Artificial Intelligence or just text prediction? How ChatGPT and other Open AI programs function
An AI-generated New College student. Photo courtesy of Basil Pursley and DALL-E

Artificial Intelligence or just text prediction? How ChatGPT and other Open AI programs function

OpenAI, the renowned artificial intelligence research laboratory, has made groundbreaking progress in the field of natural language processing with its state-of-the-art language model, ChatGPT. As one of the largest language models in the world, ChatGPT has been able to generate coherent and realistic text in response to a wide range of prompts, from casual conversation to technical queries. The potential of this technology has already been demonstrated in various applications, and experts predict that it could revolutionize the way we interact with machines and each other.

That first paragraph wasn’t written by a Catalyst reporter. Rather, it was generated by ChatGPT through the prompt: “Write a lede for a news story about OpenAI and ChatGPT.”

Artificial intelligence (AI) has gone from science fiction to being a reality…or has it? Social media is flooded with discussions on how ChatGPT, a natural language text generating tool, has come up with crazy scenarios—or people showing off their AI art made using the image generation program DALL-E. But how do these programs actually function? 

Open AI is a company which seeks to “ensure that artificial general intelligence (AGI)[…] benefits all of humanity.” The company has had a rise in popularity as its image and text generation tools, DALL-E 2 and ChatGPT respectively, have become popular resources for online content creation. 

While the term “artificial general intelligence” may evoke imagery of iRobot or the singularity, Open AI’s tools are much closer to sophisticated versions of your phone’s text prediction program. The GPT-3 model—which is what ChatGPT is based on—is able to accurately and impressively predict what text should follow or respond to inquiries. While the technology is certainly in its infancy, companies like Microsoft have shown immense interest in the programs through investments. So as we venture into the unknown of AI, how can we learn to work alongside these tools? Or are they coming for our jobs altogether?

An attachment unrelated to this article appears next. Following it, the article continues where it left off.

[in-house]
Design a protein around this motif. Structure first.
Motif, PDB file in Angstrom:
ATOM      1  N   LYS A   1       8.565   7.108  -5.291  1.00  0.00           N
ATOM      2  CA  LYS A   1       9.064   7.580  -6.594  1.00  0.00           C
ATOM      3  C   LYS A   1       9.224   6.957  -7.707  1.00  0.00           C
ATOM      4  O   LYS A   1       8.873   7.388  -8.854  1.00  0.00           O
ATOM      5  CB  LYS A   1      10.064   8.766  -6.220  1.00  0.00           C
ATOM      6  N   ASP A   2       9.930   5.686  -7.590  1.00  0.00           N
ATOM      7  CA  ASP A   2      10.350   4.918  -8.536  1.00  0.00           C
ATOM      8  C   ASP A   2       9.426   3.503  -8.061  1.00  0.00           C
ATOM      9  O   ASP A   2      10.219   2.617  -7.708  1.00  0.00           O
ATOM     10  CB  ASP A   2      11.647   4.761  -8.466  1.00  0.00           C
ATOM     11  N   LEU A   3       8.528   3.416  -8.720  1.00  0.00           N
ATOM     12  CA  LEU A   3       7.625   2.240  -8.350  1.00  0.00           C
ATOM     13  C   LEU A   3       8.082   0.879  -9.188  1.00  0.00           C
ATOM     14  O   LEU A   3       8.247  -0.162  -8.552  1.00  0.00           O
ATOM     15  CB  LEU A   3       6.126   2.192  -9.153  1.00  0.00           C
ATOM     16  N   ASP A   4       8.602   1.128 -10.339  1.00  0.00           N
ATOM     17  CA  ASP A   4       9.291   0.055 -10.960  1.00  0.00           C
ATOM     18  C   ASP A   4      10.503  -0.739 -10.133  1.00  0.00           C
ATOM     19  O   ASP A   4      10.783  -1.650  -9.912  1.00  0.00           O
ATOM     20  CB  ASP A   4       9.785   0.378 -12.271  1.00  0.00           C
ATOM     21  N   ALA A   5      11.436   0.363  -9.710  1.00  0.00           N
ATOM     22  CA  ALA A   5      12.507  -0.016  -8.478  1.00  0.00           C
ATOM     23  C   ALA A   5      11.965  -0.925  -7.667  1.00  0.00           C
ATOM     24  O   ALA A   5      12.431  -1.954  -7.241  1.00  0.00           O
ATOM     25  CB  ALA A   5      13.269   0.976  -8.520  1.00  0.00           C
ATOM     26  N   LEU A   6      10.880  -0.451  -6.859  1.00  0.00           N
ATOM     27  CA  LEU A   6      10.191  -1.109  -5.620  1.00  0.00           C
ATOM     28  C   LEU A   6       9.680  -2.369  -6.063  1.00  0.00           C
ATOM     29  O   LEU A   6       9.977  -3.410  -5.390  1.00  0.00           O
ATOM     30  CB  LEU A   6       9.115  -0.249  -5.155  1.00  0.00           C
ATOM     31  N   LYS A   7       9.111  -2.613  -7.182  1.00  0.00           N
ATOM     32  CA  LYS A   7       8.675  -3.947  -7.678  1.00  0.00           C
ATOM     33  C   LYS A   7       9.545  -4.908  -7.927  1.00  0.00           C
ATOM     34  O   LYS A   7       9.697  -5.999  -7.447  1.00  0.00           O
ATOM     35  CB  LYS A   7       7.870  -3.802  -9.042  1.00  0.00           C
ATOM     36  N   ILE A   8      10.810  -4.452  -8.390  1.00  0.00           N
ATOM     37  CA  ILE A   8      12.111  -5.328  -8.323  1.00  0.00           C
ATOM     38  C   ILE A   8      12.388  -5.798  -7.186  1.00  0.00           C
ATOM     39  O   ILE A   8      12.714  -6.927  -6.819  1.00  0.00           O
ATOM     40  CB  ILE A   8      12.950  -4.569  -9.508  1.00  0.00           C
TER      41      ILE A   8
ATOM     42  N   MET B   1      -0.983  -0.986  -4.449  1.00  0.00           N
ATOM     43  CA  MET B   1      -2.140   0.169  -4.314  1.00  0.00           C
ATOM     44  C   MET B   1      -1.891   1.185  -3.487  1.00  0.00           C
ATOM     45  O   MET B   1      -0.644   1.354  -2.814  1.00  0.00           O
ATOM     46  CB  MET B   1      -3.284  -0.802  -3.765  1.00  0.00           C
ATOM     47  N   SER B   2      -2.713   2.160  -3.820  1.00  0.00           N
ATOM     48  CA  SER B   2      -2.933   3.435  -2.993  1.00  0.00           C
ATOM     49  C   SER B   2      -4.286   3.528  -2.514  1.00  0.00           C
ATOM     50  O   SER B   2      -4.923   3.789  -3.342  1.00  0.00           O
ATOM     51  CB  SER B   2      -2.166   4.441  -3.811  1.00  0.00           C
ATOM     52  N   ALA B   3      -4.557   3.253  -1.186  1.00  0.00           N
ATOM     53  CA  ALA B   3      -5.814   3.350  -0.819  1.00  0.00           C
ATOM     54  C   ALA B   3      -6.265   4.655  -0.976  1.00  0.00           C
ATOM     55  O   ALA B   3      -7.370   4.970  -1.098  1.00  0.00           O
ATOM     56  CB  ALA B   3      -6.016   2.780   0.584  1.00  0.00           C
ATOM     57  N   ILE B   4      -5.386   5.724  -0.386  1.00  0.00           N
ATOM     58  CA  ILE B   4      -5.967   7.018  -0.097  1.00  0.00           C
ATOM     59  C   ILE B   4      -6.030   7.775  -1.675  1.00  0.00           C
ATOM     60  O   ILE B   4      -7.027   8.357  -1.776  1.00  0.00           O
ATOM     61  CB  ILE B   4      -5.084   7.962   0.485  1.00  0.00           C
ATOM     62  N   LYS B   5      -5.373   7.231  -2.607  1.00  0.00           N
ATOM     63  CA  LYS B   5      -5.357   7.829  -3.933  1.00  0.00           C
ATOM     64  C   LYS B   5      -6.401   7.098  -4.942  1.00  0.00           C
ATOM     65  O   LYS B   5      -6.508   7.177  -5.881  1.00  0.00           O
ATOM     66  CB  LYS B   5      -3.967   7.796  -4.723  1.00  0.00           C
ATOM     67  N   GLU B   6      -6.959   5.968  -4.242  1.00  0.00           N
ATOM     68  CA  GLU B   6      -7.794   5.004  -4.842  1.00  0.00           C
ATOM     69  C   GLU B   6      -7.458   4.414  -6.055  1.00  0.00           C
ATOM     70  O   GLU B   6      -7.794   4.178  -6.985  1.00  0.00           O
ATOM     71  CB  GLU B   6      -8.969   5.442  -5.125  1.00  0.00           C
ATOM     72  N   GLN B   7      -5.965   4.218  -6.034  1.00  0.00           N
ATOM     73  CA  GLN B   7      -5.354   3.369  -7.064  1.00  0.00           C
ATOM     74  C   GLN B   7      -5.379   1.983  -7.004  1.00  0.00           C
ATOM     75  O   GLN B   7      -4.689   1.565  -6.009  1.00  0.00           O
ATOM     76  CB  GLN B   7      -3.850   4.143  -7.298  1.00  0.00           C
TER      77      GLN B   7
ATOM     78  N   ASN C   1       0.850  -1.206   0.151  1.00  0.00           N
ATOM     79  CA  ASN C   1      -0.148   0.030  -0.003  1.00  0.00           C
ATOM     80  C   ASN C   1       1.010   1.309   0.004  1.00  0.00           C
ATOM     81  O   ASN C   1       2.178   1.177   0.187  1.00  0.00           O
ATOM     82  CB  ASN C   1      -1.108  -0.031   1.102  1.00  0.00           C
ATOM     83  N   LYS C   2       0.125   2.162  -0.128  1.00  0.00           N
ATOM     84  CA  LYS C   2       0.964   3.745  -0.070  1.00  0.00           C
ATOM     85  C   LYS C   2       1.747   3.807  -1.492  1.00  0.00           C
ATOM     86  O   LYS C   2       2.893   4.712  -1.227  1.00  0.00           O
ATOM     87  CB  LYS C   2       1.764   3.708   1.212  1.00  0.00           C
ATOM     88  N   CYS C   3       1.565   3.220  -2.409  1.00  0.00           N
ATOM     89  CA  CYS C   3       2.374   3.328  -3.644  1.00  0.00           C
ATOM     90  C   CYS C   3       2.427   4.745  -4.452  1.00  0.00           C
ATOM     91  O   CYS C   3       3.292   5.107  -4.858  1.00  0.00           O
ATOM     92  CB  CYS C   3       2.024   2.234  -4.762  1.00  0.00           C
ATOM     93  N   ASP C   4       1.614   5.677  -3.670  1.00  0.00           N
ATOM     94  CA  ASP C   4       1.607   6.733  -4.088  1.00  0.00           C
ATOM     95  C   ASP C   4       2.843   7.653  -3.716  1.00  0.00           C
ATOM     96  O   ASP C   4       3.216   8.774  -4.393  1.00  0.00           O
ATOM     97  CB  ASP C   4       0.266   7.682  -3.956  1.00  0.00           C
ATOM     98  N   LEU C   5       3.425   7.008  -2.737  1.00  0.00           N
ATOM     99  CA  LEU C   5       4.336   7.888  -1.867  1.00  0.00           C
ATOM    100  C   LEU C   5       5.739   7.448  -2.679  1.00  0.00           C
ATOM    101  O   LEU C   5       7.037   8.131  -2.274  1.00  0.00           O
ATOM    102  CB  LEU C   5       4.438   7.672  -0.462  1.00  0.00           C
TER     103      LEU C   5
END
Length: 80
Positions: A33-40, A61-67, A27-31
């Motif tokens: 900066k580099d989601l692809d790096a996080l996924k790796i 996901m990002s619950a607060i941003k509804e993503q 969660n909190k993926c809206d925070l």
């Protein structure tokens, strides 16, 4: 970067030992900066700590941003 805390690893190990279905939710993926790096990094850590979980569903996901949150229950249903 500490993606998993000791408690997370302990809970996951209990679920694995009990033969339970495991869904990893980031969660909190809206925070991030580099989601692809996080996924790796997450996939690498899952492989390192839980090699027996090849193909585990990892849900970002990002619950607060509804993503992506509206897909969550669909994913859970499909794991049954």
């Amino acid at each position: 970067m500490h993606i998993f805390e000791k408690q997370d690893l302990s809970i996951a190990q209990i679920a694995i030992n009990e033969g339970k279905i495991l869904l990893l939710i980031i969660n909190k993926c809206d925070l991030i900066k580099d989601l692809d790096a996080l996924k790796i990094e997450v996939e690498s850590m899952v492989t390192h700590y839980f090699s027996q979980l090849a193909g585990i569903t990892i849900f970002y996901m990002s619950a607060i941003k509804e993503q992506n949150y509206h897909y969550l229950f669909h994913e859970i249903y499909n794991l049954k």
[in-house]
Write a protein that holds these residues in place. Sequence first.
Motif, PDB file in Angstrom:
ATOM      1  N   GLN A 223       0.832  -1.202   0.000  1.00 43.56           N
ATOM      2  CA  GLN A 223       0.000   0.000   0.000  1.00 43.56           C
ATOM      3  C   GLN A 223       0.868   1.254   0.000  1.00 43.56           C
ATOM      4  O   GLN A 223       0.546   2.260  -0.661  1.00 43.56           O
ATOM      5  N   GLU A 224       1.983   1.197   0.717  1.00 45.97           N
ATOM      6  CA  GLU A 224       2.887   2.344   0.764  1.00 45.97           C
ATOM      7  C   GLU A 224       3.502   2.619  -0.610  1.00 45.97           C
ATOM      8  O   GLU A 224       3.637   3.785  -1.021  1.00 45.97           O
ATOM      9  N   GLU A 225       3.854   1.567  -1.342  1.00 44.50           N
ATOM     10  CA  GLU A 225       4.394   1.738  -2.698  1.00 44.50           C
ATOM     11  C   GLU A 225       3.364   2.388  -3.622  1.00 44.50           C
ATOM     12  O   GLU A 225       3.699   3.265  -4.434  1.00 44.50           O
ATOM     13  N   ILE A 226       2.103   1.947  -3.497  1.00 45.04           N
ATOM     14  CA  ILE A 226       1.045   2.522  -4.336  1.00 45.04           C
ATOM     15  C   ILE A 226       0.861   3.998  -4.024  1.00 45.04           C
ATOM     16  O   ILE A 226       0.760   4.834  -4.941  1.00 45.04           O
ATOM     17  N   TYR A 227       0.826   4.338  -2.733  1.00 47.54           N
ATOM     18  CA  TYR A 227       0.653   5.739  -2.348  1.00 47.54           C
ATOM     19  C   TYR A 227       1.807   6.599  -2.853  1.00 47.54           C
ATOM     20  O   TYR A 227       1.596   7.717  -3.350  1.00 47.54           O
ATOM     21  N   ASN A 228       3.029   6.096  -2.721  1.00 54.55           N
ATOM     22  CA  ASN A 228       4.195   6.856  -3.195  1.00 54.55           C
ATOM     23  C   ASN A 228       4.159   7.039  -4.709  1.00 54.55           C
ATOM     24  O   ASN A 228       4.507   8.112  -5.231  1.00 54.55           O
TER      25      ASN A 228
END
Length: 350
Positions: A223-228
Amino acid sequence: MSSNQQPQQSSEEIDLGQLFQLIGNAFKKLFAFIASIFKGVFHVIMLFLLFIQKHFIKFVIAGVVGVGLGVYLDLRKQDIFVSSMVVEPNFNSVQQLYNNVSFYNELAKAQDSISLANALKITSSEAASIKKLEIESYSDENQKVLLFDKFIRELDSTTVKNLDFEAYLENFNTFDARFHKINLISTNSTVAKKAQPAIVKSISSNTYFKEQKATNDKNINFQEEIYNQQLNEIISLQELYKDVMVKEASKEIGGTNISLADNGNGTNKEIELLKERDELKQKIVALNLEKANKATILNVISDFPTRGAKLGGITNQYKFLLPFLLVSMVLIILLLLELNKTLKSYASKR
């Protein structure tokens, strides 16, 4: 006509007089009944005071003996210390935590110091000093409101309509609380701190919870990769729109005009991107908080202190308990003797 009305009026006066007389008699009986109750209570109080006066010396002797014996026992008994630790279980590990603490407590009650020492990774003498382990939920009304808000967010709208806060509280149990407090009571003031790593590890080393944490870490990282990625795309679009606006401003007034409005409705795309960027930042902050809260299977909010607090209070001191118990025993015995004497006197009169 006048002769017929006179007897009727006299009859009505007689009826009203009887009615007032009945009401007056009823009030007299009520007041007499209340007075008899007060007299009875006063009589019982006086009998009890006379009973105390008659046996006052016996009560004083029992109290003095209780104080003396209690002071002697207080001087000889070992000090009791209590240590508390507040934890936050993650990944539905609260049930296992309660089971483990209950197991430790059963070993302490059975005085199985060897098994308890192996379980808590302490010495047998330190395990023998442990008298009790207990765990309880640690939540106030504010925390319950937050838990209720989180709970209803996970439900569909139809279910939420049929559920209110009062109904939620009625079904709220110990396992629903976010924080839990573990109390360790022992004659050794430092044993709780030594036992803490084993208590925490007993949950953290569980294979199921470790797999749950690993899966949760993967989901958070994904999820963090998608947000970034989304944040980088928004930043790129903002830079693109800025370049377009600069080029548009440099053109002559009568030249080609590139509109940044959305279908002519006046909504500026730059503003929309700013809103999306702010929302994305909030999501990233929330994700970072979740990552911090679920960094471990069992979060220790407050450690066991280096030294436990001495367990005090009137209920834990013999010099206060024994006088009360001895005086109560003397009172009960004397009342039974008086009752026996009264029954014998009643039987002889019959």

GPT-3 stands for “the third generation Generative Pre-trained Transformer.” Tech Target describes GPT-3 as “a neural network machine learning model trained using internet data to generate any type of text. Developed by OpenAI, it requires a small amount of input text to generate large volumes of relevant and sophisticated machine-generated text.”

While GPT-3 does not “think” in the same way a human might, it is able to pull from a large amount of data-sets to create comprehensive sets of writing which feel human, and follow standard language conventions. GPT-3 is also the largest neural network to exist with 175 billion parameters influencing its output. 

This tool has incredible potential. One particular project called AI Dungeon uses the GPT-3 model to provide a unique role-playing experience and can be used to aid games like Dungeons and Dragons and Pathfinder.

While using it for a fantasy role-playing game is innocent enough, GPT has an alarming consistency to confidently lie about information, and at its current stage, is not ready to reliably use for journalism or academic writing. 

Another AI-generated student posing next to the phrase “FOIANO.” Photo courtesy of Basil Pursley and DALL-E

Business Insider attempted to have the program write a news article that the reporter had already written about a Jeep factory in Illinois. While the program wrote a predictable and readable story, it also came up with direct quotes from a source in the story.